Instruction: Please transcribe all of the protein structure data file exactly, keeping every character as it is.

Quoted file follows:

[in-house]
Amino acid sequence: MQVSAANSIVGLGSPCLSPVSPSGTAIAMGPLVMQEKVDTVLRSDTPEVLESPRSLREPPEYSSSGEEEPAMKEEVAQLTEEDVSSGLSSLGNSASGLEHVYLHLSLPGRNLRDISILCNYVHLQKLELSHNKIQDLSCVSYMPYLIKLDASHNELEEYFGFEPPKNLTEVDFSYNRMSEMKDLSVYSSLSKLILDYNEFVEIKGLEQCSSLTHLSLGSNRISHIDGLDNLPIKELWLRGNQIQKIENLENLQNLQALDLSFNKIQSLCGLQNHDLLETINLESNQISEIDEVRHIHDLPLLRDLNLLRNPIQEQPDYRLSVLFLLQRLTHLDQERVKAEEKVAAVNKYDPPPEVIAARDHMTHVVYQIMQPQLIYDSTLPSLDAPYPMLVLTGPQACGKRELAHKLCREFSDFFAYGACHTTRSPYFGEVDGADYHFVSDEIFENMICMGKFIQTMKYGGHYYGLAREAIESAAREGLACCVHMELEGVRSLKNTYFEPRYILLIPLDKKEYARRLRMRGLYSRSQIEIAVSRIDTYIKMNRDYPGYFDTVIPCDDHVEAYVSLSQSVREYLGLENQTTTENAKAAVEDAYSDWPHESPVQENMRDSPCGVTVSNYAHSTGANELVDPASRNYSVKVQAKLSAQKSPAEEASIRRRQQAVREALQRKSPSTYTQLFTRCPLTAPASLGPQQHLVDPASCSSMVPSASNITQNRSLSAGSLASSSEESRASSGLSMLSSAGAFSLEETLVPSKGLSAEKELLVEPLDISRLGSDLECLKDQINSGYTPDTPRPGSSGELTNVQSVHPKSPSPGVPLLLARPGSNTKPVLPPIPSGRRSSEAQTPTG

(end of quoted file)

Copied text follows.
[in-house]
Amino acid sequence: MQVSAANSIVGLGSPCLSPVSPSGTAIAMGPLVMQEKVDTVLRSDTPEVLESPRSLREPPEYSSSGEEEPAMKEEVAQLTEEDVSSGLSSLGNSASGLEHVYLHLSLPGRNLRDISILCNYVHLQKLELSHNKIQDLSCVSYMPYLIKLDASHNELEEYFGFEPPKNLTEVDFSYNRMSEMKDLSVYSSLSKLILDYNEFVEIKGLEQCSSLTHLSLGSNRISHIDGLDNLPIKELWLRGNQIQKIENLENLQNLQALDLSFNKIQSLCGLQNHDLLETINLESNQISEIDEVRHIHDLPLLRDLNLLRNPIQEQPDYRLSVLFLLQRLTHLDQERVKAEEKVAAVNKYDPPPEVIAARDHMTHVVYQIMQPQLIYDSTLPSLDAPYPMLVLTGPQACGKRELAHKLCREFSDFFAYGACHTTRSPYFGEVDGADYHFVSDEIFENMICMGKFIQTMKYGGHYYGLAREAIESAAREGLACCVHMELEGVRSLKNTYFEPRYILLIPLDKKEYARRLRMRGLYSRSQIEIAVSRIDTYIKMNRDYPGYFDTVIPCDDHVEAYVSLSQSVREYLGLENQTTTENAKAAVEDAYSDWPHESPVQENMRDSPCGVTVSNYAHSTGANELVDPASRNYSVKVQAKLSAQKSPAEEASIRRRQQAVREALQRKSPSTYTQLFTRCPLTAPASLGPQQHLVDPASCSSMVPSASNITQNRSLSAGSLASSSEESRASSGLSMLSSAGAFSLEETLVPSKGLSAEKELLVEPLDISRLGSDLECLKDQINSGYTPDTPRPGSSGELTNVQSVHPKSPSPGVPLLLARPGSNTKPVLPPIPSGRRSSEAQTPTG